We should expect Pakistan to approach different world forums with all the sound and fury and be ready to deal with its belligerence
Pakistan has been raising the bogy of nuclear weapons in their arsenal time and again because India‚Äôs image in the world is that of a status-quo state, not ready to change its stance. Our present system of intelligence collection and dissemination of the same as far as nuclear threat is concerned must become more effective without giving undue weightage to enemy threats. Conventional warfare is here to stay, as use of nuclear weapon systems will be limited to specific areas and up to a particular depth and the enemy understands the consequences of use of these. We must understand that the policy of peaceful co-existence and our adversary‚Äôs ‚ÄĒ that of offensive action to deal us with a death blow ‚ÄĒ must change to ‚Äúoffensive defence‚ÄĚ. Happily, it is already visible on the ground to some extent.
Nawaz Sharif is following in the footsteps of Musharraf who had similarly landed himself in a Catch-22 situation and had raced towards the doom which is the ultimate fate of every dictator. It is well known that all Pakistani rulers whether dictators or civilians in the garb of democracy have been masterminding Islamic terrorism, the ugliest face of terror, basically to bleed India. Most of the powers of the world, barring China, recognise Pakistan as a barbarian and ruthless State which has no respect for democratic norms and believes in bloodshed and killing of innocent people for resolving any issues. The US and Russia may have their own problems in declaring Pakistan a ‚ÄúTerrorist State‚ÄĚ but it is clear to them that Pakistan alone is responsible for breeding cross-border terrorism. Pakistan has been exposed globally and is in the process of getting isolated; it can no more get away with having the best of both the worlds, condemning terrorism by claiming that it is the worst sufferer and masterminding it at the same time.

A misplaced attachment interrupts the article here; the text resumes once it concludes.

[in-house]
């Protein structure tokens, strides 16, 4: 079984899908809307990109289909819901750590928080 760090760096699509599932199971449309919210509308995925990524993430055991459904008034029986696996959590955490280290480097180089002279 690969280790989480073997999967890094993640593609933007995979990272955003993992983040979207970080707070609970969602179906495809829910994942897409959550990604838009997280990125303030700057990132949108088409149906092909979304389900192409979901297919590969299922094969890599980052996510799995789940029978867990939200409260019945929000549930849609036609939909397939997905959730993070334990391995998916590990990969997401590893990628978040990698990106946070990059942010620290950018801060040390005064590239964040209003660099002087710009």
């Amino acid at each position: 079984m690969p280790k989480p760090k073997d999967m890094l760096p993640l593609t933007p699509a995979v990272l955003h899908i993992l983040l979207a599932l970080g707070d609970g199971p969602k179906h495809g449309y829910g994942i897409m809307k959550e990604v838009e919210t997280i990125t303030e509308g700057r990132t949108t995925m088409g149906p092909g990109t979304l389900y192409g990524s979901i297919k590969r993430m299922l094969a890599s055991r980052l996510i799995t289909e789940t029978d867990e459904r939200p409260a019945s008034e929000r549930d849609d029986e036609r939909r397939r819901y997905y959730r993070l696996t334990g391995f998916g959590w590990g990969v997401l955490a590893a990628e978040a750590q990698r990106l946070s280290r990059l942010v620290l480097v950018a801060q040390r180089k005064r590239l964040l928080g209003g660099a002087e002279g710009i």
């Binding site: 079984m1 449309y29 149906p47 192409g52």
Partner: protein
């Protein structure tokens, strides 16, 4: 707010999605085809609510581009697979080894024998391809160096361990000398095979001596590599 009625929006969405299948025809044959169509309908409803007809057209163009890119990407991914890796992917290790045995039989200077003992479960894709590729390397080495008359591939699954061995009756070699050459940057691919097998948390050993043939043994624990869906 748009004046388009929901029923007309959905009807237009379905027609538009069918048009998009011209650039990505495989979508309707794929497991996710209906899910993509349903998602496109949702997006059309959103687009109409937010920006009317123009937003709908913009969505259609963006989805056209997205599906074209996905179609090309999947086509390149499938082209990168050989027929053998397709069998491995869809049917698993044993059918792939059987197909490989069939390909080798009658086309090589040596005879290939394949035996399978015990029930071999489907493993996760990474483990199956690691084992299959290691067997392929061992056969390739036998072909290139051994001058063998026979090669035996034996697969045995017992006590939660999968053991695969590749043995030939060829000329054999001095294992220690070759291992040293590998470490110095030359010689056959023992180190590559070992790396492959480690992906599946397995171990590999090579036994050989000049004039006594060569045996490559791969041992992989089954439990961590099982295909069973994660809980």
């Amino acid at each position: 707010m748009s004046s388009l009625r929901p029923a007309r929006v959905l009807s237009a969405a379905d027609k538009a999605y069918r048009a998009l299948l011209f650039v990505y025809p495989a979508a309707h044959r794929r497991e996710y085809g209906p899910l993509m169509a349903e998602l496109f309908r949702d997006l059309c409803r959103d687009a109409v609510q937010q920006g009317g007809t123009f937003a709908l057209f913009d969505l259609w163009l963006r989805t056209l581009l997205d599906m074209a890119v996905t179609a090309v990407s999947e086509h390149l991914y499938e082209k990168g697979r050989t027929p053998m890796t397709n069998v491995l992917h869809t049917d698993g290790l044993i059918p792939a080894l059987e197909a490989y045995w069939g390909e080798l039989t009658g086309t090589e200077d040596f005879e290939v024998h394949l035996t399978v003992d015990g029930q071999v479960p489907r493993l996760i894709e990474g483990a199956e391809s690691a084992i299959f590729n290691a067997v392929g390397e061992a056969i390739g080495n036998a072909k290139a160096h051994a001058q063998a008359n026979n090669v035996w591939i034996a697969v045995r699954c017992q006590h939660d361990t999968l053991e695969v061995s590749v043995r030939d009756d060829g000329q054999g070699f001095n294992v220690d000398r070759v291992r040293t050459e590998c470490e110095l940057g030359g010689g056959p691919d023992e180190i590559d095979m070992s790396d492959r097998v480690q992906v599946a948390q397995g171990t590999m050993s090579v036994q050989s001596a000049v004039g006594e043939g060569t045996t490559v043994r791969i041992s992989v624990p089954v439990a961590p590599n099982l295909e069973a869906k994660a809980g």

India can expose Pakistan by letting the world know the ‚Äúhow‚ÄĚ and ‚Äúwhy‚ÄĚ of it wanting to model itself on the pattern of an Islamic State. Scholars believe that Islam has nowhere stated the exact form and structure of an Islamic government; it only stipulates the aims and fundamental principles to be followed by such a government. A reasonable and fair point of view is that out of many forms of government, only that is most suitable and effective for the people of that country which is popular and which conducts its affairs in a democratic, competent manner. A government can be popular only if its people accept its authority willingly and love and respect the laws framed by it. Maybe people‚Äôs faith in a particular religion is one factor which can generate reverence for the laws framed in the name of the faith.